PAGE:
19. I've been doing a lot of Portuguese cooking lately, and the famous chili sauce, piri-piri, seems to be compatible with virtually everything. I'd like to make the stuff, but it seems that every recipe I can find is quite different; some include olive oil, others just vinegar; some use fresh chilis, others dried. I'm quite surprised by the wide variation in recipes, and am not sure where to start, nor which is the "real" piri-piri. Can anybody out there with knowlege of Portuguese food tell me how to make the real piri-piri that is found in restaurants and homes in Portugal? (Cross-posted at the Cooking forum). Thanks! Austin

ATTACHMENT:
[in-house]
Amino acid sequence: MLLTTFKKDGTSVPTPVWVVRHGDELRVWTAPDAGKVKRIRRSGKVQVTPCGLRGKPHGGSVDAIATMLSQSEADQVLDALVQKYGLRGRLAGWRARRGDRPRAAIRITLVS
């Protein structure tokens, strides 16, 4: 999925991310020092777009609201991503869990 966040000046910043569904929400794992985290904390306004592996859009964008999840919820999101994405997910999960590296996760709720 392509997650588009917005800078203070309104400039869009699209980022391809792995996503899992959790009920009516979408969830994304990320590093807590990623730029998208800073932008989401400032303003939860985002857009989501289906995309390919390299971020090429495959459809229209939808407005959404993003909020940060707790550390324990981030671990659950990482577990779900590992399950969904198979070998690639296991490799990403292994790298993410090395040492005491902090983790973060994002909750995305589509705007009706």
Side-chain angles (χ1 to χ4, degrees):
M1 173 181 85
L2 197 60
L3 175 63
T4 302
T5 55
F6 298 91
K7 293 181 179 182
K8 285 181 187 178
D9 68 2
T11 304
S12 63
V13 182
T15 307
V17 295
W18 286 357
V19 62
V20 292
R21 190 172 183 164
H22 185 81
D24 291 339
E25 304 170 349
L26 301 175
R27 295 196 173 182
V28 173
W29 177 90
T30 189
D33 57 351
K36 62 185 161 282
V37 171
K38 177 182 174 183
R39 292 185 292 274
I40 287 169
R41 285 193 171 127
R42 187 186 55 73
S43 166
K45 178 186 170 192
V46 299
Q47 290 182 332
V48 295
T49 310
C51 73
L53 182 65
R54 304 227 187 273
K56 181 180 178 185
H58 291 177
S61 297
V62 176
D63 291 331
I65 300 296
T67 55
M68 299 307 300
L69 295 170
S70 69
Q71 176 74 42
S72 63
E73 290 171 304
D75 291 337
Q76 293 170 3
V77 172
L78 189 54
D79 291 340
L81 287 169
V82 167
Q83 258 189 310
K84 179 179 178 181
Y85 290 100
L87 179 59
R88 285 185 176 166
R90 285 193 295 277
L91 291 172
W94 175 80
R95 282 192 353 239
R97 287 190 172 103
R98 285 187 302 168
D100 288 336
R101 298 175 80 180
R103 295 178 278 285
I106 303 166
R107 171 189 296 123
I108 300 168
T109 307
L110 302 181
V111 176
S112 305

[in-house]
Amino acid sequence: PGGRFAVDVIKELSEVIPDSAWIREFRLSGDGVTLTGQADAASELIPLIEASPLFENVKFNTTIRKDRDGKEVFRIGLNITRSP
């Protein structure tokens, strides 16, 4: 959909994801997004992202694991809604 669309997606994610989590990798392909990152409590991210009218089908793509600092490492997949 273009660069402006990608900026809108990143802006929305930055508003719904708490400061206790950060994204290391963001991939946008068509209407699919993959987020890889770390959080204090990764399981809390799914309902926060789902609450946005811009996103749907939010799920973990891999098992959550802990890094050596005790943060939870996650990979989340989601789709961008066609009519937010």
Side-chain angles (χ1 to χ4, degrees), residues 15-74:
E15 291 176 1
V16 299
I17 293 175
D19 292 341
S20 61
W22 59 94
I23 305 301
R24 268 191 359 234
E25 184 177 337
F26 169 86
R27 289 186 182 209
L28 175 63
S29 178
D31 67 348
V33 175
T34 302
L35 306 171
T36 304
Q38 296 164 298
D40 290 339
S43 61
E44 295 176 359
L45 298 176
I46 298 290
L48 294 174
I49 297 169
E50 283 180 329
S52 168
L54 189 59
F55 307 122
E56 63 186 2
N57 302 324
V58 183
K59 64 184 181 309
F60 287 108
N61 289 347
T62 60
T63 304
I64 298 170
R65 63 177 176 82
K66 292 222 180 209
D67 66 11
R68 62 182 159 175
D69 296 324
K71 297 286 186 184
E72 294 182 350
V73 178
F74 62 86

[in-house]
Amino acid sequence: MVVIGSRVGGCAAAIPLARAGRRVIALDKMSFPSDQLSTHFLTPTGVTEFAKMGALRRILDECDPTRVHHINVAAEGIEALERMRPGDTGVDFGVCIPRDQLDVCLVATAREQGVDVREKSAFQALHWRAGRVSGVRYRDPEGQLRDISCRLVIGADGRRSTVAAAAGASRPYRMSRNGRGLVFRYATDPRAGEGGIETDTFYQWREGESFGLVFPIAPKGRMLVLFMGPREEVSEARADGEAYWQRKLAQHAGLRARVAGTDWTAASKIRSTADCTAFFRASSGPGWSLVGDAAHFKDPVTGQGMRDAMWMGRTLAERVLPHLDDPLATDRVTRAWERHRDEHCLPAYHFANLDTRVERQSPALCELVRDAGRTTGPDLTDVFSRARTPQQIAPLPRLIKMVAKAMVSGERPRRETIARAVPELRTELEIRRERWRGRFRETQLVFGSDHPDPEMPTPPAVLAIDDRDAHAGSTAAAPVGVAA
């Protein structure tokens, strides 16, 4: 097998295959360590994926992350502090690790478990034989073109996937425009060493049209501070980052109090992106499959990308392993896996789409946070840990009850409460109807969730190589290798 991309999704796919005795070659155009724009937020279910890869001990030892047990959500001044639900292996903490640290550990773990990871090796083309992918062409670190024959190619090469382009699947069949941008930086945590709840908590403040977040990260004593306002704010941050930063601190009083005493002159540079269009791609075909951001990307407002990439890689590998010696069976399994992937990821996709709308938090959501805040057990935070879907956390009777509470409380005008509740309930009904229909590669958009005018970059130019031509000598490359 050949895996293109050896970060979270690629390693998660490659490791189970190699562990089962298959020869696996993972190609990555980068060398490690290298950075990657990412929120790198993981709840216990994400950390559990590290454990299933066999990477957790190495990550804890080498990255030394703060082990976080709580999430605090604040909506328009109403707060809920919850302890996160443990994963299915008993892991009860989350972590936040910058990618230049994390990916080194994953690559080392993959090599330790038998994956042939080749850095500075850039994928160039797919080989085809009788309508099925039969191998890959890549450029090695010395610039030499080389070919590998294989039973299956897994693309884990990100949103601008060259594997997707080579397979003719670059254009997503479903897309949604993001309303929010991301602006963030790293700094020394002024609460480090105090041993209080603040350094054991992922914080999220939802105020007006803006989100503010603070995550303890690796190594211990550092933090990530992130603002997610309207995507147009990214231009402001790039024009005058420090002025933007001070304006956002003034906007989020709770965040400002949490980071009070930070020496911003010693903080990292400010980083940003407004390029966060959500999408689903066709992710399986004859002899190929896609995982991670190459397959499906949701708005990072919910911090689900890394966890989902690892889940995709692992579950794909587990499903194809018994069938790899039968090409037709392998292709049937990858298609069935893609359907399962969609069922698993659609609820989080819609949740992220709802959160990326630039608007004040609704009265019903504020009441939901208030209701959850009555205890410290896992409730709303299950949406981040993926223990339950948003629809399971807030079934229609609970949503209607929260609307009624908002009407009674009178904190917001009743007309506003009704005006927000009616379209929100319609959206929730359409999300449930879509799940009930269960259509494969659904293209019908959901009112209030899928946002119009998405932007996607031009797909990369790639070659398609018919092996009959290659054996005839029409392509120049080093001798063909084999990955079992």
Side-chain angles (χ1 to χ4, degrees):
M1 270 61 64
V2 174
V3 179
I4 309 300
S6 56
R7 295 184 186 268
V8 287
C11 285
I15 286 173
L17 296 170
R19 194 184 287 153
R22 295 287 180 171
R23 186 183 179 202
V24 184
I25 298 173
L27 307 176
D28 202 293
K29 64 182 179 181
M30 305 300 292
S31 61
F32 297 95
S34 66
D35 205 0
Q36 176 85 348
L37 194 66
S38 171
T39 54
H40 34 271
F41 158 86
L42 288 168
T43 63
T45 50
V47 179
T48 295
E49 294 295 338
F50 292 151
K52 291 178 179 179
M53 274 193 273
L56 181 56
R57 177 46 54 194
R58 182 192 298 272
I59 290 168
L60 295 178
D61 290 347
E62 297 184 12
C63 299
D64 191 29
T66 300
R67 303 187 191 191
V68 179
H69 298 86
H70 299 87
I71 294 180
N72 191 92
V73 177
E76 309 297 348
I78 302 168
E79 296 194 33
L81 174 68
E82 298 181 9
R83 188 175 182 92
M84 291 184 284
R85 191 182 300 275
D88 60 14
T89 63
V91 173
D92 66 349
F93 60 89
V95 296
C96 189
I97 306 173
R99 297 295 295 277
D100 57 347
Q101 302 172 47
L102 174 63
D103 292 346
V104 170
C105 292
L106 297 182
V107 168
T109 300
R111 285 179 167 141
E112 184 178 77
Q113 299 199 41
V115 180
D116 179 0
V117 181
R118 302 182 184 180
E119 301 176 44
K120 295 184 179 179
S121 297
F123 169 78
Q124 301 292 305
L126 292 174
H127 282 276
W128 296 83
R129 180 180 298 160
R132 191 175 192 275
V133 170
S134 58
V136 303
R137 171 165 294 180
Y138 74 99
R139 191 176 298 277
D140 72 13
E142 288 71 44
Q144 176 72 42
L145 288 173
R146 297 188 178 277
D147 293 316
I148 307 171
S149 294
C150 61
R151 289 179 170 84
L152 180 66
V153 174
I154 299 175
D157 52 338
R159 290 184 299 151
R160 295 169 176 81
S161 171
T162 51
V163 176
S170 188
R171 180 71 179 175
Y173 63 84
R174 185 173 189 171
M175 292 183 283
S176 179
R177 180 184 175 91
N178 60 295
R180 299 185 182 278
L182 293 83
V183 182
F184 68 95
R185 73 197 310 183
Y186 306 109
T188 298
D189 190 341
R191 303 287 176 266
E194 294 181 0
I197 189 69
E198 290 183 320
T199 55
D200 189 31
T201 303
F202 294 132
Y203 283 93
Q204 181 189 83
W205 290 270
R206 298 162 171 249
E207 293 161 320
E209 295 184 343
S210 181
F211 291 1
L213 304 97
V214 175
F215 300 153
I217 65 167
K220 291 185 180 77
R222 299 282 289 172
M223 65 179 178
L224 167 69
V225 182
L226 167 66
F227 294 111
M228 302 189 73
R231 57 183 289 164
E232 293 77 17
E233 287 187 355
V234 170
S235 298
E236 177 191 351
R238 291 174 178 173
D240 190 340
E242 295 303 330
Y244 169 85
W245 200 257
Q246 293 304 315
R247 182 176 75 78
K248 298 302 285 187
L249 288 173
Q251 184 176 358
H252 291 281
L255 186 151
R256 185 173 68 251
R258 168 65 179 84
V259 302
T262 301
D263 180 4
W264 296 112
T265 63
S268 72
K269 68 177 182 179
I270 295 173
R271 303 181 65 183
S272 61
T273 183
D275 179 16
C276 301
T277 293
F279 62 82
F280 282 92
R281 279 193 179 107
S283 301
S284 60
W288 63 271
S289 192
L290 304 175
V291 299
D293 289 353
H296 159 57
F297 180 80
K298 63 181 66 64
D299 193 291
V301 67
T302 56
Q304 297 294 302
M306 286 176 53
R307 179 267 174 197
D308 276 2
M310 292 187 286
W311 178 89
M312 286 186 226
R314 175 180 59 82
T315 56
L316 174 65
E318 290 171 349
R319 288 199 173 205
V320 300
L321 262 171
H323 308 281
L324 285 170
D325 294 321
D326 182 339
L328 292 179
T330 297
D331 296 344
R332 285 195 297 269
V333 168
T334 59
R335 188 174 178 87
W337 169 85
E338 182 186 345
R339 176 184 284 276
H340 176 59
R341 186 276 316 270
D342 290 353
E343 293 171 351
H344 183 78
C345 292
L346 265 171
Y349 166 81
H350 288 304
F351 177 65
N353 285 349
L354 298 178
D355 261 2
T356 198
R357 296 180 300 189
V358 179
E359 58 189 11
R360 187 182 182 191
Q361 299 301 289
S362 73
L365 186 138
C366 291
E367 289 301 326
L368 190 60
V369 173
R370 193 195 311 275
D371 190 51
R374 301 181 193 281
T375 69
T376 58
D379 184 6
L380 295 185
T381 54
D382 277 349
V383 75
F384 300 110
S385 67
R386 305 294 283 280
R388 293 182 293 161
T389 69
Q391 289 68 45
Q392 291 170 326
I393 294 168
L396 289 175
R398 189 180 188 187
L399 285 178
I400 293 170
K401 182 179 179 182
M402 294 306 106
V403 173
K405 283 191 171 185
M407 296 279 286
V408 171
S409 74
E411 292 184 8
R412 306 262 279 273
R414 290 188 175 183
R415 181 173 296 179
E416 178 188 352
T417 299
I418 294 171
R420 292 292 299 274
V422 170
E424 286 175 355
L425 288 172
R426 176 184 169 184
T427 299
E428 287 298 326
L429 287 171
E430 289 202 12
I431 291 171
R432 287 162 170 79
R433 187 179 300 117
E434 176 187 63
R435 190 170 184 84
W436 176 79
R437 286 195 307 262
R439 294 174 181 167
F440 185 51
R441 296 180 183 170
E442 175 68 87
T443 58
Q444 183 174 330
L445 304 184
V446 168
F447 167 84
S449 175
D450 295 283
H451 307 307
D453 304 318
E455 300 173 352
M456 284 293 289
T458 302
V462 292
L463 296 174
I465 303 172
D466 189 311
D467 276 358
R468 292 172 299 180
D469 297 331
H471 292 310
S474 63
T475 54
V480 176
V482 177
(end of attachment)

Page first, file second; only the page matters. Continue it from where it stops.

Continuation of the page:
20. I have returned to the Pyrennes and I am living in a small village called Puigcerda on the french Boarder and I am working for the second winter for Josep Maria Masso. I am going to explain a traditional technique for preparing chicken in the winter in the Cerdanya Valley. The chickens from Pages are an extordinary animal. Not your typical ''Free-range organic chicken'' these chickens are wild animals. The chickens are hung in our walk-in for about a week to dry out a little and concentrate the flavor of the meat. Slices of black truffles are inserted between the skin and meat of the chickens. They are as well stuffed with an mixture of bread crumbs foie gras, milk and black truffles. The chickens are then wrapped in linen. On the morning of Christmas Eve, we drove them to a forest where truffles grow. A whole is dug and in go the chickens. They will stay here for 2 weeks. Depending on the tempurature. (0 - 4 degrees celcius) A little cava for good luck! This is a very old recipe that has been practiced here in the Pyrennes. It was believed that when you rebury the truffle in the ground it will continue to release its perfume in to the meat of the chicken.